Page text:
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The story of the origins of Argentine football and Irish people's place in it

An extra from Jonathan Wilson’s book Angels with Dirty Faces looks at how the game was brought to South America.

Diego Maradona of Argentina celebrates with the cup at the end of the 1986 World Cup soccer final in the Atzeca Stadium, in Mexico City.
Diego Maradona of Argentina celebrates with the cup at the end of the 1986 World Cup soccer final in the Atzeca Stadium, in Mexico City.

THE FOLLOWING IS an extract from Angels With Dirty Faces: The Footballing History of Argentina by Jonathan Wilson.

Head North-East along Sarmiento from the statue of Garibaldi on Plaza Italia, bearing left across the patchy grass towards Plaza Holanda.

The track around the lake in its centre is marked off every 100 metres for the benefit of joggers, who chug around, dodging rollerbladers and any geese that aren’t attacking pedalos on the water. Skirt the path and head between the trees and you reach Avenida Figueroa Alcorta: if you turned left and followed the road you’d go past the rowing lake and the hippodrome before arriving at El Monumental.

But if you cross Alcorta, onto the springier grass that surrounds the plan−etarium, you’ll find, beside green wooden boards detailing cycling routes around the city, an unremarkable white−grey stone perhaps five feet in height. The sides are daubed with red paint. On the back, in blue, is scrawled ‘CMB 2011’ and around that, in black paint, are other squiggles.

The front, though, is free of graffiti and bears an inscription proclaiming this to be a ‘lugar historico’ – a ‘historic site’. There is another, much smaller, stone set at the base of the main one.

If it ever carried any writing, it has long since been worn away. The monument was erected by the Comisión Nacional de Museos y Lugares Historicos: ‘aquí,’ reads the central legend, ‘se instaló el primo campo de deporte del Buenos Aires Cricket Club 8−XII−1864’ – ‘here was established the first sports ground of the Buenos Aires Cricket Club, 8 December 1864’.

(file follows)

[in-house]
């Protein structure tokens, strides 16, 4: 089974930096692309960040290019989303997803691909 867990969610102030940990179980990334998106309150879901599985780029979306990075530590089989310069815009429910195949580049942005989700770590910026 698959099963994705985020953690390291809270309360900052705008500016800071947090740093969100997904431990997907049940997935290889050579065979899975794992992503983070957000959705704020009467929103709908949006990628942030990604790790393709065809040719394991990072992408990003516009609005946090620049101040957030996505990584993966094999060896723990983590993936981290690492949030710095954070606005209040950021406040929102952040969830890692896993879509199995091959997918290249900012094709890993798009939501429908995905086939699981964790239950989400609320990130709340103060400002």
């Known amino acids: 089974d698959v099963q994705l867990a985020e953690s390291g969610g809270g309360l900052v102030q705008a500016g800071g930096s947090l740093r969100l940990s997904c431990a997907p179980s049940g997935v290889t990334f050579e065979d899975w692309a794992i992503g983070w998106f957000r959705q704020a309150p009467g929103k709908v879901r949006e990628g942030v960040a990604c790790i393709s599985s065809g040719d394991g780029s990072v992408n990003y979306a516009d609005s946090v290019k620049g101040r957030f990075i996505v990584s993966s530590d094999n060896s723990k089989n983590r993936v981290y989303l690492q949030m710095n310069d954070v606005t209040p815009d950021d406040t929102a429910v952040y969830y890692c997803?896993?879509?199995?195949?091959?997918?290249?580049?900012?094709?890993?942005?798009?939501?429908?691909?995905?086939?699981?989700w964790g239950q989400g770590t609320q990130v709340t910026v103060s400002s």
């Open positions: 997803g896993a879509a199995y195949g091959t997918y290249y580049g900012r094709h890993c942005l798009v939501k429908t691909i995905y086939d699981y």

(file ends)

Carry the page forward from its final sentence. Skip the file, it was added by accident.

Curiously, given the relative interest in the sports in Buenos Aires, it doesn’t mention football at all, yet it was there, on 20 June 1867, that 16 members of the city’s business community — all from Britain apart from William Boschetti, who had been born in St Lucia – met to contest the first organised game of football ever played on Argentinian soil.

The Football Association’s Laws of the Game, drawn up in December 1863, had arrived in Buenos Aires and been published in the English−language newspaper the Standard in early 1867.

It served a population that, by 1880, had swelled to 40,000, the largest British (or, rather, British and Irish, as the majority of that number were from what is now the Republic of Ireland) population in any country that was not part of the Empire. So significant was the British influence that it could at times feel as though Argentina was part of the Empire, as a headline in The Times had declared it to be in 1806.

The British ran the banking system, developed the railway and exported hide, wool and
meat; at the time, Britain was by some margin Argentina’s largest trading partner.

The British in Argentina had done what the British did every where, creating a miniature version of home, setting up schools, hospitals, churches and sporting clubs. Initially those clubs tended to be focused on cricket, tennis and, given the fine horses available,
polo, but some of their members must have played football of a sort at school or university.

As early as 1840, meanwhile, British sailors had been playing some kind of football on the docks. It was a practice that seems to have provoked bewilderment among locals, as demonstrated by a report in La Razón that doubtfully explained that the pastime ‘consisted of running around after a ball’.

Angels With Dirty Faces: The Footballing History of Argentina by Jonathan Wilson is published by Orion. More info here.

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